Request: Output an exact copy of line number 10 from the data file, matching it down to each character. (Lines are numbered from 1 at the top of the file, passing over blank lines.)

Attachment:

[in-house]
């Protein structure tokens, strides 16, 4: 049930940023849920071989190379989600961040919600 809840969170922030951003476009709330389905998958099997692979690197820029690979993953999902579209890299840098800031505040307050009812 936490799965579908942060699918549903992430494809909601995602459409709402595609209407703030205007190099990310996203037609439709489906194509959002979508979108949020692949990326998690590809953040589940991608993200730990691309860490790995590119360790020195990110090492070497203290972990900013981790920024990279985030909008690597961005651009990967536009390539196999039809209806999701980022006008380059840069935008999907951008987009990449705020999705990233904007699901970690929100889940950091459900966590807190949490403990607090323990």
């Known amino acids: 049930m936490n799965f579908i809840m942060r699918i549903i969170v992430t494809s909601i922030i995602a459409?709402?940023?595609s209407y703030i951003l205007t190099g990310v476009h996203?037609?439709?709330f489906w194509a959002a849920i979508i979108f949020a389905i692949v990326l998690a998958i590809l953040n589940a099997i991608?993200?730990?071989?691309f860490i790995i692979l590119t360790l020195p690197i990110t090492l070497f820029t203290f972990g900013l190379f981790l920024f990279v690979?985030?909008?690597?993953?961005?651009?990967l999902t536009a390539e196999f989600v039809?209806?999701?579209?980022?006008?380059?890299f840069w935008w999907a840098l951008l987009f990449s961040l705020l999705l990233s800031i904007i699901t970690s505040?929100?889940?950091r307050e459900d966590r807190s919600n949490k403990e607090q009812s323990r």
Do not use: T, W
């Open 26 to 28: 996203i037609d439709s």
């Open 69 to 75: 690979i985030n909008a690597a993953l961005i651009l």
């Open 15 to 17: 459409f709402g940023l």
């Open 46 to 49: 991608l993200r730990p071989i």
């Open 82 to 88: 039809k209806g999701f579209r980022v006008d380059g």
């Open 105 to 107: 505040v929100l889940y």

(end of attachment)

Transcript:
């Open 105 to 107: 505040v929100l889940y």